When those who dropped out early from the treatment (n = 91) were compared with those who were on regular follow-up at 3 months (n = 39), both the groups did not differ significantly on any of the demographic and clinical variables, including attitude toward medication. Similarly, when the “intermediate dropout (i.e., by 6 months)” (n = 103) were compared with rest of the sample (n = 35), significant differences were seen in the lower number of medications being prescribed (t-test = −3.037; P = 0.003), lower severity of GAD score at the baseline (t-test = −2.415; P = 0.017), and lower severity of GDS score at the baseline (t-test = −2.322; P = 0.022) in the intermediate dropout group.
Reasons for dropout
Out of the 126 patients who dropped out, 114 patients could be contacted. As stated earlier, 8 patients could not be contacted, and 4 had expired. Information for dropout was available for 95 patients at 6 months and for another 19 patients at 1 year. Patients had the option of giving more than one reason for dropout from treatment. As shown in [Table 2], among those who dropped out within 6 months of registration with the clinic, the most common reason for dropout was complete relief of symptoms (45.3%), and this was followed by no relief of symptoms (28.4%) and worsening of illness (13.7%). Among those who dropped out at 6 months to 1 year, the most common reason for dropout was complete relief and this was followed by “not willing to follow-up” (21.1%) [Table 3].
|Table 3: Reasons for dropout of patients who did not follow-up at least once (n=50) and those followed up at least once after registration|
Click here to view
When the reason for “very early” dropout were evaluated, the most common reason was “no relief” of symptoms and this was closely followed by complete relief of symptoms. Among those who followed up at least once, but had dropped out at 6 months, the most common reason for dropout was complete relief of symptoms, and this was closely followed by “no relief” and “worsening of illness” being the other common reasons of dropout. Among those who dropped out after 6 months, the most common reason for dropout was complete relief of symptoms.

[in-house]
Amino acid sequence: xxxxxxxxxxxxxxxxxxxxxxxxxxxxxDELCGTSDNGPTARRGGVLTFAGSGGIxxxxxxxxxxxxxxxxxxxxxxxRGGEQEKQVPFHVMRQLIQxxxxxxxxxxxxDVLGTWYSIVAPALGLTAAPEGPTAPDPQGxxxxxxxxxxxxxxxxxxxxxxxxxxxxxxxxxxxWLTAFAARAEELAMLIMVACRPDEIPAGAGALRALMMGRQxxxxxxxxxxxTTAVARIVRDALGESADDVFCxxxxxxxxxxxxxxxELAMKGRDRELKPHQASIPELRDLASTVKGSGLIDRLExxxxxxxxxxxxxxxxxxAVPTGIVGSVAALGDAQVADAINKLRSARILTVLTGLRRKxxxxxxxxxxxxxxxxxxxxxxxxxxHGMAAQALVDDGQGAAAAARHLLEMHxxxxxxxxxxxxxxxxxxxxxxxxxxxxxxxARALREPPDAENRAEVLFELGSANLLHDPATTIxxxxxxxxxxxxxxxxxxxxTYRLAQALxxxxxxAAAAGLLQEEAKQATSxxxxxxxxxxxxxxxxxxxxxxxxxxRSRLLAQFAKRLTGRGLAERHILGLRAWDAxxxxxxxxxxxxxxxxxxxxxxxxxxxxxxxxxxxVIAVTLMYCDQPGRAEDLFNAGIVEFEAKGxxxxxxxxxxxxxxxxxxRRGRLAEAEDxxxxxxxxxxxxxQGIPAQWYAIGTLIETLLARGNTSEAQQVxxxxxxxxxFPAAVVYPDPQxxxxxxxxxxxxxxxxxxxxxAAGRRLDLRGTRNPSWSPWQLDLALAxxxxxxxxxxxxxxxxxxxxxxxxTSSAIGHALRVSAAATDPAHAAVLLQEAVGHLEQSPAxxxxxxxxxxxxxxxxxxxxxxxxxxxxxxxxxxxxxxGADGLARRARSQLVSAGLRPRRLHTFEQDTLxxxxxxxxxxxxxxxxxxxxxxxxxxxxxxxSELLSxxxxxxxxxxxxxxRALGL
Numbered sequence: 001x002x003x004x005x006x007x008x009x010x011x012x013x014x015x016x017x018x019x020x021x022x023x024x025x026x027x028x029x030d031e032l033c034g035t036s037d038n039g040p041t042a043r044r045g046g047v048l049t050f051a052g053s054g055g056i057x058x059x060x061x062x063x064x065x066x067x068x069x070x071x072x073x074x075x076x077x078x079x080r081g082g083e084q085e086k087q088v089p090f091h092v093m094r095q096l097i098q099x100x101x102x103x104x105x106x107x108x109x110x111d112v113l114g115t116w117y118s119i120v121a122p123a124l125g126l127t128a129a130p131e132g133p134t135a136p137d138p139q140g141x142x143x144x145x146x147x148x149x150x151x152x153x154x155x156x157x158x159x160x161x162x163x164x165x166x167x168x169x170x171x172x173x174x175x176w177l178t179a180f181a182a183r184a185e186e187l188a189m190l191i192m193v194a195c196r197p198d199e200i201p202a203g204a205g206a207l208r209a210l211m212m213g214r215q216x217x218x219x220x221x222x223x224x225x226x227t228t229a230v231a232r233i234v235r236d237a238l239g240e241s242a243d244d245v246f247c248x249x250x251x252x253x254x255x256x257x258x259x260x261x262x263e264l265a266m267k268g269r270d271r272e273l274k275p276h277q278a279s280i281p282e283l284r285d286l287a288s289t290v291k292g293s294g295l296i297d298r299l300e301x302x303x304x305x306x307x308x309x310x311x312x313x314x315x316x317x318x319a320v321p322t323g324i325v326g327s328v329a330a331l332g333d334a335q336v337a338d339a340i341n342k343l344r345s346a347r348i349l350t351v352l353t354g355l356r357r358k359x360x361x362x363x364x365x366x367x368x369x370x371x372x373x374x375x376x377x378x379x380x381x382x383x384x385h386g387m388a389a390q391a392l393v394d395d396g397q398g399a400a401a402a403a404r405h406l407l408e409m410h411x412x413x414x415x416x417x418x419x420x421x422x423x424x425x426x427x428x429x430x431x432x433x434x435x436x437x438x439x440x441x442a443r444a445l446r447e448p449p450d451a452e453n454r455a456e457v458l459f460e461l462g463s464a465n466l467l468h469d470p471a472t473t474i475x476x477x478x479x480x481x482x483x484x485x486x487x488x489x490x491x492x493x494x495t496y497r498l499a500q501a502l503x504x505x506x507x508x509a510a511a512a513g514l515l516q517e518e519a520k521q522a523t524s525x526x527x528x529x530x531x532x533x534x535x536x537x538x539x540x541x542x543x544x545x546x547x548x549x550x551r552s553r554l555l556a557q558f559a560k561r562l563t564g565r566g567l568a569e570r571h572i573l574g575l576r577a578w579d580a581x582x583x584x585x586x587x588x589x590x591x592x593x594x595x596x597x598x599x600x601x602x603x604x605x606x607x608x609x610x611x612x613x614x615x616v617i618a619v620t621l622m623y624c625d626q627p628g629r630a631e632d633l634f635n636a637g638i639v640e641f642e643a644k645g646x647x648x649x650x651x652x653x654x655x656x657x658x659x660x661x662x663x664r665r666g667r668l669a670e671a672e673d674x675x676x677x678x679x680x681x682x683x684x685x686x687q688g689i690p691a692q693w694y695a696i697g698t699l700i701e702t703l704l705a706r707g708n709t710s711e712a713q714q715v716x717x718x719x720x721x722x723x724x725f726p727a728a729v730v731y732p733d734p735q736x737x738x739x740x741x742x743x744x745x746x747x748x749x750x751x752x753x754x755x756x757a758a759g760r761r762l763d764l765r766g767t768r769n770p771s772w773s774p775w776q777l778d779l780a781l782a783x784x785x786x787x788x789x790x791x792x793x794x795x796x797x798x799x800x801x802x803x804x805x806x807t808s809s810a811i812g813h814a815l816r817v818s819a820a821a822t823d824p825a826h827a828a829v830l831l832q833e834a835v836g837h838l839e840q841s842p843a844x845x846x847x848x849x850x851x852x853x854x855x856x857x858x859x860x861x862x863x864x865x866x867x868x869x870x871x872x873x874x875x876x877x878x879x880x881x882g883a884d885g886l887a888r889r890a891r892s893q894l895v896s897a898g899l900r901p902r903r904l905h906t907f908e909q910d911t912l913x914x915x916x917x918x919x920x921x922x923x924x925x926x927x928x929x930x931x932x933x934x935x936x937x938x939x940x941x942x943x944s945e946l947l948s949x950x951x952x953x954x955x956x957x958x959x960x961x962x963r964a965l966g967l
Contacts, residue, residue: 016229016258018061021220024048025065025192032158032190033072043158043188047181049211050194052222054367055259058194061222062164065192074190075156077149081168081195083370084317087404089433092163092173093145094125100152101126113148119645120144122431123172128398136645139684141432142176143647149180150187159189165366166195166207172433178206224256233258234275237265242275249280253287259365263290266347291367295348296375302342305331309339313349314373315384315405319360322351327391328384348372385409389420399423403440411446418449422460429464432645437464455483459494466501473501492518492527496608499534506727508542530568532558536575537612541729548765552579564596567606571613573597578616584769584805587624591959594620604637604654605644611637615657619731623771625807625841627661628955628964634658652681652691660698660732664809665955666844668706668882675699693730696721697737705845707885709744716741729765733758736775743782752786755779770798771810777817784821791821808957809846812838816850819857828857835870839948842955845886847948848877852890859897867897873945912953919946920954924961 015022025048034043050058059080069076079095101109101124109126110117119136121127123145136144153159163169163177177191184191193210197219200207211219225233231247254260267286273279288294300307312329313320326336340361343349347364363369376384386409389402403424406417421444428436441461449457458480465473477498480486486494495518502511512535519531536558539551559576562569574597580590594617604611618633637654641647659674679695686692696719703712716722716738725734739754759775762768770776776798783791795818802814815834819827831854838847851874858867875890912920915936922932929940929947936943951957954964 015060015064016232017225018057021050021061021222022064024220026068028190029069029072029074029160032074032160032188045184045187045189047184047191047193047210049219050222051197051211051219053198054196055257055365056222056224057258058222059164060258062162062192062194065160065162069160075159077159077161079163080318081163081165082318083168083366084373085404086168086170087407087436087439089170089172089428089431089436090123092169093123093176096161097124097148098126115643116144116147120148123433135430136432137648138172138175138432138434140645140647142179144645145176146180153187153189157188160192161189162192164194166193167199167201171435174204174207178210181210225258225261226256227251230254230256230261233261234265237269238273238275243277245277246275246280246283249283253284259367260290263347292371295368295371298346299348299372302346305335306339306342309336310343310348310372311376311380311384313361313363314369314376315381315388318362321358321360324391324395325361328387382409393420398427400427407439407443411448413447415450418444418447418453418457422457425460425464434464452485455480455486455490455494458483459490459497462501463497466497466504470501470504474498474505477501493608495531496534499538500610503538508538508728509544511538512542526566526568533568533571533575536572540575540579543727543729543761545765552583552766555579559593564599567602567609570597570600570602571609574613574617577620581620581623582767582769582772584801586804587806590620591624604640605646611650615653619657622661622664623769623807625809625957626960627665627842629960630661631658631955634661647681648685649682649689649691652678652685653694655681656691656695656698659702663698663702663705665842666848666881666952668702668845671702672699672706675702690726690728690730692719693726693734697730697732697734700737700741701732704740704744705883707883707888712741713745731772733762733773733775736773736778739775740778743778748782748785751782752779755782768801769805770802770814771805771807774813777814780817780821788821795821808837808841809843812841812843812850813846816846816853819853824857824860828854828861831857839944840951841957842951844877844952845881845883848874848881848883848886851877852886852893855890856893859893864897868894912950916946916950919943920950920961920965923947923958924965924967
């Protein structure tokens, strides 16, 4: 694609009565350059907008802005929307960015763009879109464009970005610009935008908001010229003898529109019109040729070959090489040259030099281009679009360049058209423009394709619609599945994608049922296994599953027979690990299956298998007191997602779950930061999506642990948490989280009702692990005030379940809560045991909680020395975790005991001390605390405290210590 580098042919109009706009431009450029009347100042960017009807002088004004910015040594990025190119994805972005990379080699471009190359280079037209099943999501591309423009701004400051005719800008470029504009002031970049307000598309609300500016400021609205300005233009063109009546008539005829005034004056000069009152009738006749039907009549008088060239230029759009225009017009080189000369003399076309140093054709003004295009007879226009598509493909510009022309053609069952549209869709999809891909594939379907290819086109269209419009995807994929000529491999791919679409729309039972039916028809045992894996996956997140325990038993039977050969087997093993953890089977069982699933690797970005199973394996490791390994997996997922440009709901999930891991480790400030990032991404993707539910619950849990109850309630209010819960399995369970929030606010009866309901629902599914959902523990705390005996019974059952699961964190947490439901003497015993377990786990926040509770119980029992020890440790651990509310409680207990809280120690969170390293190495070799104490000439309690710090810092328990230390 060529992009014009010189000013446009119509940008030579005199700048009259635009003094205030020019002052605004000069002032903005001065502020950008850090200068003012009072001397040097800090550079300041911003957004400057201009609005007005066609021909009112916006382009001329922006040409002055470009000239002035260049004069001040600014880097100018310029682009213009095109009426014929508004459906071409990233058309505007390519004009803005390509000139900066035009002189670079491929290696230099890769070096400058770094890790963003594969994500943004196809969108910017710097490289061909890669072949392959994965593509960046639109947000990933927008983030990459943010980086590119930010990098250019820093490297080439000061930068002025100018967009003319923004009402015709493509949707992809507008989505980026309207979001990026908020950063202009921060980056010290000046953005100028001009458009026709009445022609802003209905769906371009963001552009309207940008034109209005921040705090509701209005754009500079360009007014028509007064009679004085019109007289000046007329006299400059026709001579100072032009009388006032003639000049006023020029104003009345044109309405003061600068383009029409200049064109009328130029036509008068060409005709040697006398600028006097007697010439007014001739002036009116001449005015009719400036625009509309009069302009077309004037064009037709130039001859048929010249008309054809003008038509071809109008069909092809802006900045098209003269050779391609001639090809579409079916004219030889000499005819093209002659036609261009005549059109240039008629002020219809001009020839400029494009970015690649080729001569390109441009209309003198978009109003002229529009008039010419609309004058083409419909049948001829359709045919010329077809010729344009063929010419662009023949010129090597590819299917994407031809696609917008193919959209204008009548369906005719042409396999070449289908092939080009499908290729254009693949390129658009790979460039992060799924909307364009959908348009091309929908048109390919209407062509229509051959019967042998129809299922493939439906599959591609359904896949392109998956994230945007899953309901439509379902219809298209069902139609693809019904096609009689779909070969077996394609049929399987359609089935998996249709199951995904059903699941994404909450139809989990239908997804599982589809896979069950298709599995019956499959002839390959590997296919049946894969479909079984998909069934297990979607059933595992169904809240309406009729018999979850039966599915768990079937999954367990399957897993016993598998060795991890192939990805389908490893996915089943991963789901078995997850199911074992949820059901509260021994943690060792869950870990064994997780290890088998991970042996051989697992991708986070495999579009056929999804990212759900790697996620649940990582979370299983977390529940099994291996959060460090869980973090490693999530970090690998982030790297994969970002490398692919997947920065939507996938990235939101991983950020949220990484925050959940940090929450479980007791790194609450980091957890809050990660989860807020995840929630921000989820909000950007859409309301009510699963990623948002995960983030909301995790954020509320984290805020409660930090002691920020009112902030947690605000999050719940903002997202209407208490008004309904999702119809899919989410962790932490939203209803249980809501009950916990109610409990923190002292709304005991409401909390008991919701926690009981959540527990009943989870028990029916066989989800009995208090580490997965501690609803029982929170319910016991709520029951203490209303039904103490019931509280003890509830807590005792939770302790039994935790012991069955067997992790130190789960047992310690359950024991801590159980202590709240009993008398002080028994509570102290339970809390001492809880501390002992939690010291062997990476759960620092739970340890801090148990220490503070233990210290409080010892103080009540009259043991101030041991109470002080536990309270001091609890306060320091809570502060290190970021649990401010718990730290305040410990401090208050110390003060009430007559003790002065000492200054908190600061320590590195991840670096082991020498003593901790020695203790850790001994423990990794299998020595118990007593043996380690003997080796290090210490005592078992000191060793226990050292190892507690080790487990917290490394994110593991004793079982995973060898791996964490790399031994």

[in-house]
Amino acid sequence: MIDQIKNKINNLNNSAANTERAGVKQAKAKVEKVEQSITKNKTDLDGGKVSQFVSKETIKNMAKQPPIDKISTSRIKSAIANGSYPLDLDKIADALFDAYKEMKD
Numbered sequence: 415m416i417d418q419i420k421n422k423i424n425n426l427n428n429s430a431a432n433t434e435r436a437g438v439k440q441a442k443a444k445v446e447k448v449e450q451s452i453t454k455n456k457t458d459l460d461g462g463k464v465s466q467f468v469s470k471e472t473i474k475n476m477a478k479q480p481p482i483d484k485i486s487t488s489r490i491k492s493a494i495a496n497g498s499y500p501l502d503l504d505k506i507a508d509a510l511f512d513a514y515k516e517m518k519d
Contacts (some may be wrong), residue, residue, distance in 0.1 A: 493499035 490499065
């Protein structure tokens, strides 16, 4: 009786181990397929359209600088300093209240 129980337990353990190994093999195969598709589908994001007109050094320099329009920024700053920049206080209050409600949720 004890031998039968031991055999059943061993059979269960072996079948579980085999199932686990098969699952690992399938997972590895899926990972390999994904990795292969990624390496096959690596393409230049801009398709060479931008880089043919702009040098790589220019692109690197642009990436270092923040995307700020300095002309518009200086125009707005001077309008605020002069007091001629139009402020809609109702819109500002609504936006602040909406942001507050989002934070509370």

| Discussion|| |
Treatment nonadherence can lead to huge personal and social costs. At the level of the sufferer, treatment nonadherence can lead to poor quality of life, difficulty in daily functioning, inability to take care of self, deterioration in one's mental health status, and relapse of depression. At the societal level, treatment nonadherence can lead to increased costs mainly arising out of the loss of productivity due to absenteeism and premature retirement.,,, Hence, it is important to have more information about the reasons for dropout among elderly patients with depression. To the best of our knowledge, this is the first study from India, which evaluated the reasons for dropout of treatment among elderly patients with depression.
In the present study, 90% of the elderly patients, moved out of the treatment by 1 year. Majority of the dropouts (n = 58; 41.4%) occurred after the initial registration, without any subsequent follow-up visits. Over the period, although the proportion of patient who dropped out from treatment kept on reducing, that is, by 3 months additional 24.3%, at 6 months additional 9.3% and by 1 year 15% patients dropped out of treatment. During the 1-year period, out of the 132 patients whose information was available, only 4 patients had expired (expired at 2 months [n = 1], 5 months [n = 1], and 8–9 months n = 2). Overall mean number of follow-up during the 1-year period was 2.2 (SD-2.7; range 0–14; median 1.0). The dropout pattern noticed in the present study is similar to that noted in earlier studies from India which have evaluated adult patients, which also suggest high dropout rate after the initial registration with the clinic and gradual decline in dropout rates with the passage of time. The very high dropout rates after the initial visit should be a cause of concern. In terms of reasons for dropout of treatment, the most common reasons reported by patients who dropped out early (i.e., after the first visit) were no relief of symptoms and complete relief of symptoms. Other common reasons reported were worsening of illness, long distance, poor family support, partial relief of symptoms, side effects, presence of physical illness, not prescribed medications and belief that they do not have psychiatric illness.